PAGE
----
The Japanese government continues to investigate and promote the healing properties of nature. One study conducted across 24 forests in Japan found that when people strolled in a wooded area, their levels of the stress hormone cortisol plummeted almost 16 percent more than when they walked in an urban environment. Even after just 15 minutes of walking, subjects’ blood pressure showed improvement. But one of the biggest benefits may come from breathing in those chemicals called phytoncides, emitted by trees and plants. Women who logged two to four hours in a forest on two consecutive days saw a dramatic reduction of stress hormones and a nearly 40 percent surge in the activity of cancer-fighting white blood cells.

In one of my favorite parts of the studies, research has shown that the emotions of pleasure and happiness are elevated with an increase in tree density within specific settings, even in urban settings. The bigger and denser the trees, the higher the scenic beauty scores. Yup, that sounds about right! I suspect this also contributes to the sense of awe that we feel when immersed in the grandiosity of Mother Nature.

Perhaps this is just confirming what we all intuitively know. Get outside, engage with nature, and you will feel healthier and more connected. As silly as it sounds to say “forest bathing”, it feels accurate! It’s also a good reminder we don’t always need to always be running, and that a 15-minute stroll is more than enough to improve your day. I’ll be taking a few pauses on my runs this week to make sure all five senses are fully engaged. Smell the pines, taste the pollen in the air, feel the ferns, hear the creeks, watch the butterflies….you know, take a forest bath.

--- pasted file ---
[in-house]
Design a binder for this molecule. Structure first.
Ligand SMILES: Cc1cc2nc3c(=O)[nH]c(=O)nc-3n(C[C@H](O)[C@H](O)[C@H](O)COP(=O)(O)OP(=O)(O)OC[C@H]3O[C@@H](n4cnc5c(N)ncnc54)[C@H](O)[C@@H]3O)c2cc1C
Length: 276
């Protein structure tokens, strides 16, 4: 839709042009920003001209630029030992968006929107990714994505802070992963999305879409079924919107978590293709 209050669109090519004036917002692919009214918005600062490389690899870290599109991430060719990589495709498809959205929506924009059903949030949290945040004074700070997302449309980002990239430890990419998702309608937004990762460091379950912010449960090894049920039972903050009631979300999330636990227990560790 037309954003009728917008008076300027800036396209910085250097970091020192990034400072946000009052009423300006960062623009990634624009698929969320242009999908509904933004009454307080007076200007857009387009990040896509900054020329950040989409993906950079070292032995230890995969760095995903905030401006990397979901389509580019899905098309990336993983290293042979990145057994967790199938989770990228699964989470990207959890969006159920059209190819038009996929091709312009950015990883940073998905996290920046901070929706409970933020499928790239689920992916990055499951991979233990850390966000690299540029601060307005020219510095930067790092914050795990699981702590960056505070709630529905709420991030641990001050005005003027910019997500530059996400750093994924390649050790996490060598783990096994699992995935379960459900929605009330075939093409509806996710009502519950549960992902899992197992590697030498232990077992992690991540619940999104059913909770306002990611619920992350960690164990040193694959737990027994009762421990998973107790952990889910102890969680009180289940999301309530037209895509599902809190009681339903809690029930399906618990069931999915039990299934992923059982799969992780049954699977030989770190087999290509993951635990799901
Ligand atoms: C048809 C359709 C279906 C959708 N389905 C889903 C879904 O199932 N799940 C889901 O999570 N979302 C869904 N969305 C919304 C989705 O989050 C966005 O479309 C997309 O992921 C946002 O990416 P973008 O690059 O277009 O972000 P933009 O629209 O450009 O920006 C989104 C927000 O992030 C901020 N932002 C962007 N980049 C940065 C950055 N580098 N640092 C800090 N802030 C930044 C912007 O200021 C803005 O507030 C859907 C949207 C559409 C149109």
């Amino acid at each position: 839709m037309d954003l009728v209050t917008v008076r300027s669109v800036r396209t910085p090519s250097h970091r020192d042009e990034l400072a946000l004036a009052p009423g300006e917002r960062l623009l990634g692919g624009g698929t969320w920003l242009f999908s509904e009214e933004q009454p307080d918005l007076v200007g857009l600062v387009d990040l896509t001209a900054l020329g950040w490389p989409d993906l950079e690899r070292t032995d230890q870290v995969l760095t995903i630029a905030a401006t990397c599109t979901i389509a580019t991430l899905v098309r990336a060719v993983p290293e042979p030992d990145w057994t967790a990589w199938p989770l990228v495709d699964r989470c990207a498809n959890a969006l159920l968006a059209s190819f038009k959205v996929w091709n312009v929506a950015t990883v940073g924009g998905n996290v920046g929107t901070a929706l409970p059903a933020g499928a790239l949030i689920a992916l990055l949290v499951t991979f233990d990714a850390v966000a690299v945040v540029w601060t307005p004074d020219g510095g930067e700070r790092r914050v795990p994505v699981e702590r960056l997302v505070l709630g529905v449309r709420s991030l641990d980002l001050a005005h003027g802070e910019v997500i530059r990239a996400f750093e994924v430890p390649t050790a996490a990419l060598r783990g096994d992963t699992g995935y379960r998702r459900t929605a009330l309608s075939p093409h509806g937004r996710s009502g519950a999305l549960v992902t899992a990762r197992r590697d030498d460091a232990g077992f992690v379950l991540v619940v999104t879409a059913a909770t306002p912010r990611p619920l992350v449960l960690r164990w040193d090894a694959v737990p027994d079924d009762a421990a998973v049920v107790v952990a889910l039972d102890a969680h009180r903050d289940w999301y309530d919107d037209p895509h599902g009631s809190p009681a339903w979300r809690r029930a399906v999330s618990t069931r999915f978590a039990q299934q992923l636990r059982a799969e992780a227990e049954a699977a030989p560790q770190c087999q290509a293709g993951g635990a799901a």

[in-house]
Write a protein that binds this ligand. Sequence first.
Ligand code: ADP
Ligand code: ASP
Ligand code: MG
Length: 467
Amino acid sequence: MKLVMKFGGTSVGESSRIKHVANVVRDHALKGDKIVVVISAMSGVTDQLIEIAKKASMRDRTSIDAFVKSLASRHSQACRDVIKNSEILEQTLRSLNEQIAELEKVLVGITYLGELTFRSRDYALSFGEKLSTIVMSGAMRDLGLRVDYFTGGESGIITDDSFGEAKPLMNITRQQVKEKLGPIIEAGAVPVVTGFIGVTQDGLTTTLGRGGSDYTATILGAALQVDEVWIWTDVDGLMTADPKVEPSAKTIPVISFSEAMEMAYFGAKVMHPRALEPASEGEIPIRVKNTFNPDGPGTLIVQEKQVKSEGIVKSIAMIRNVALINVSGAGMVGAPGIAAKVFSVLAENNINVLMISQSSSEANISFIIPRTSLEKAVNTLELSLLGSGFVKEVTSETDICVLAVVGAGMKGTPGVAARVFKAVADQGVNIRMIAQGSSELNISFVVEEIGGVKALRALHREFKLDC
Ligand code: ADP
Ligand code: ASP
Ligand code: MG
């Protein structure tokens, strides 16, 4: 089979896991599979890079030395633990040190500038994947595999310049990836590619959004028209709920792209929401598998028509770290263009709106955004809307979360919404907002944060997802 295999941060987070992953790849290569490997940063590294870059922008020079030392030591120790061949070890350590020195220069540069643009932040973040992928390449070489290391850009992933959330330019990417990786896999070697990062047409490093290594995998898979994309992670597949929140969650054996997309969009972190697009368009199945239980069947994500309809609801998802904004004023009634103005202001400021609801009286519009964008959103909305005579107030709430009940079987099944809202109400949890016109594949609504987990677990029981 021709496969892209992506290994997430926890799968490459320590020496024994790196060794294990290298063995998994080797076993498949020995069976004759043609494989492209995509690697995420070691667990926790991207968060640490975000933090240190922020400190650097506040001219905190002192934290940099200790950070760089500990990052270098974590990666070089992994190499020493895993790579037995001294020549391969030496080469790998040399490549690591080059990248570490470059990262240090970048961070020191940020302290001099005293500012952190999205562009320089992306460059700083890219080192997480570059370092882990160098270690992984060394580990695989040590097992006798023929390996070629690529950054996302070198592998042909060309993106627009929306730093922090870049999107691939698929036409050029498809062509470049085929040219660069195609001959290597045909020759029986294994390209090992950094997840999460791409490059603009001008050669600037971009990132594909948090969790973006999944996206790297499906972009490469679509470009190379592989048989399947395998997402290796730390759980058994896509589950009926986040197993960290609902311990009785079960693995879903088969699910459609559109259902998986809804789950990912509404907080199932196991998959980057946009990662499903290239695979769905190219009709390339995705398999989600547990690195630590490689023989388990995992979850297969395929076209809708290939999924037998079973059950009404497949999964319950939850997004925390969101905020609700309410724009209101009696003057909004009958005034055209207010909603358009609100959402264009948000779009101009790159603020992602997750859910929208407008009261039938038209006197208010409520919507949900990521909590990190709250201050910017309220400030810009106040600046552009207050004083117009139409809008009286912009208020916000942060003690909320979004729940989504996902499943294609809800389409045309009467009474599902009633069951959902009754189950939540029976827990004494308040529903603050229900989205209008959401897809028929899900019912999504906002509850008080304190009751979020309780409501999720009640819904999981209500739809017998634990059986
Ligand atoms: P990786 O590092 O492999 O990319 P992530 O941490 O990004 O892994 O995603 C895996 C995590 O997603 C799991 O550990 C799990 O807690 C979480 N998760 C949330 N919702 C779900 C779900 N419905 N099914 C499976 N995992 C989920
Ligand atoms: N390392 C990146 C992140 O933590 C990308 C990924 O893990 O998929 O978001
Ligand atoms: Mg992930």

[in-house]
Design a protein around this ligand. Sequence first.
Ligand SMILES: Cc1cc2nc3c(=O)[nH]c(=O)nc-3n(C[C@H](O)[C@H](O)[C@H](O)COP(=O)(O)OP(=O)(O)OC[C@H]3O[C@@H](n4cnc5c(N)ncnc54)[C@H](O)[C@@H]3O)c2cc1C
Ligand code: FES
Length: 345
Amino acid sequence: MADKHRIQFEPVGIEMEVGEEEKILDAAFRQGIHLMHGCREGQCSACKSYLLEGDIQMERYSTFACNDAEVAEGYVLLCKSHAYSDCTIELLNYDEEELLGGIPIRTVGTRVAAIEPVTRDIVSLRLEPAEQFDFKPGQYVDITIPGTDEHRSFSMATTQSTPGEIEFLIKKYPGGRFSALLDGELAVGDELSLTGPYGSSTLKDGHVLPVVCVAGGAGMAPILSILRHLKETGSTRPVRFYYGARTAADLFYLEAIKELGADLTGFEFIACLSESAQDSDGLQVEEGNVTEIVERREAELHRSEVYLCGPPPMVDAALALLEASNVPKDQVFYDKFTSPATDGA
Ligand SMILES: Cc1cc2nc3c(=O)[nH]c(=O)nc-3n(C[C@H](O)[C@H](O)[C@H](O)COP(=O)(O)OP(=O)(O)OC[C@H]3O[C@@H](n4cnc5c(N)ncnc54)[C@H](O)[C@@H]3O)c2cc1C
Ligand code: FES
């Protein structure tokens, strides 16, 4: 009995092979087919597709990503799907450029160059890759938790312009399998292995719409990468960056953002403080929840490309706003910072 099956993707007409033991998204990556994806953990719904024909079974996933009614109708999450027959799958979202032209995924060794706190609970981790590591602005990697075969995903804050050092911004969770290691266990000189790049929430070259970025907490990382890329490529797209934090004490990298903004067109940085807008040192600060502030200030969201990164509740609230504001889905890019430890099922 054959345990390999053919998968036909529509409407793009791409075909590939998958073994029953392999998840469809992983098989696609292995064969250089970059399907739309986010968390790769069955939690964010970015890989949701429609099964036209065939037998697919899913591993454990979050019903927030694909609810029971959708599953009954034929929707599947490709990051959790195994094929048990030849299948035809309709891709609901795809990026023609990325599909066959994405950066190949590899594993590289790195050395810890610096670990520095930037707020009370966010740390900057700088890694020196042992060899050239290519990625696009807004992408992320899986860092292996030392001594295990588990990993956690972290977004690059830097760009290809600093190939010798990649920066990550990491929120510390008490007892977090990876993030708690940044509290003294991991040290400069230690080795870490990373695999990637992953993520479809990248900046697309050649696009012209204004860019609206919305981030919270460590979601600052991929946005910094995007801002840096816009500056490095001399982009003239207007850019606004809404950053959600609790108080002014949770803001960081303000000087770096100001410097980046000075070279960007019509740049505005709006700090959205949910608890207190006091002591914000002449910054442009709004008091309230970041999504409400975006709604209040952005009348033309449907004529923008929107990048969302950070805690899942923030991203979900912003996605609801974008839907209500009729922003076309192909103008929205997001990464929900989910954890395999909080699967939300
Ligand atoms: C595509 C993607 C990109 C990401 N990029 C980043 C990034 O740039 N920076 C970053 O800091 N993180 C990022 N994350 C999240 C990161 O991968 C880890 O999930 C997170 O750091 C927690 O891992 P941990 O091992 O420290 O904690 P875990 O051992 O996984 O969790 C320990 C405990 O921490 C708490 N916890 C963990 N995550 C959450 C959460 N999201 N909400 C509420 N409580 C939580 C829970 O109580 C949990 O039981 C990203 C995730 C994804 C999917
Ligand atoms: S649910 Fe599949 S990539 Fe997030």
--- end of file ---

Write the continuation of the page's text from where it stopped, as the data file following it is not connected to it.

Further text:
Sidelined again.

I made a decision which has been difficult for me. Decisions such as these have always been, well, difficult. I’ll be taking a couple of weeks off from running. I have an injury to my foot that is as of yet undiagnosed but causes pain with each step.

A few years ago I would have sunk into a depression because I would have continued to run through the injury until it simply became too painful. It has taken me a while, but I have become more agreeable to listening to the stories being told by my body. I am looking forward to a trip to Florida in another month and not being able to run on the beaches when would certainly contribute to feeling sad.
 
I have spent much of the last week rising and testing my foot. I ran earlier in the week and grimaced through the first several hundred yards of a run that simply felt awful. My denial remained on high alert and I deluded myself into believing the pain had subsided so “maybe I can get a few miles in tomorrow”. Throughout the day soreness and stiffness returned and I knew if I held on to the belief that running would be returning the next day, depression would not be far behind. Advil, that wonderful controller of physical pain and discomfort raises its ugly double edged sword at me. Discomfort is well controlled and with that control comes the euphoria of being pain free and a longing for a run increases. I behooves me to listen, really listen to those stories being told by my body.
 
A combination of being busy and not getting enough rest I am sure are the culprits behind this injury. The candle can only be burned from both ends for so long before the flame reaches the center, flickers, and burns out.
 
I have found happiness in this decision. I have also learned, lo these many years, that happiness, especially in these circumstances is about being content with my present circumstances.
 
I’ll use this time wisely to continue yoga, read the books which have been rapidly piling up and go with my dog for those lengthier walks by the water’s edge.
 
Namaste

Wordless Wednesday

This is a serendipitous photo taken during my most recent trip to the Adirondack’s.
As a lover of sunlight, especially sunrises and sunsets, this photo speaks volumes to me.
I hope you derive as much peace from this photo as I do.
If you would like to purchase a print, message me via the comment section.
Namaste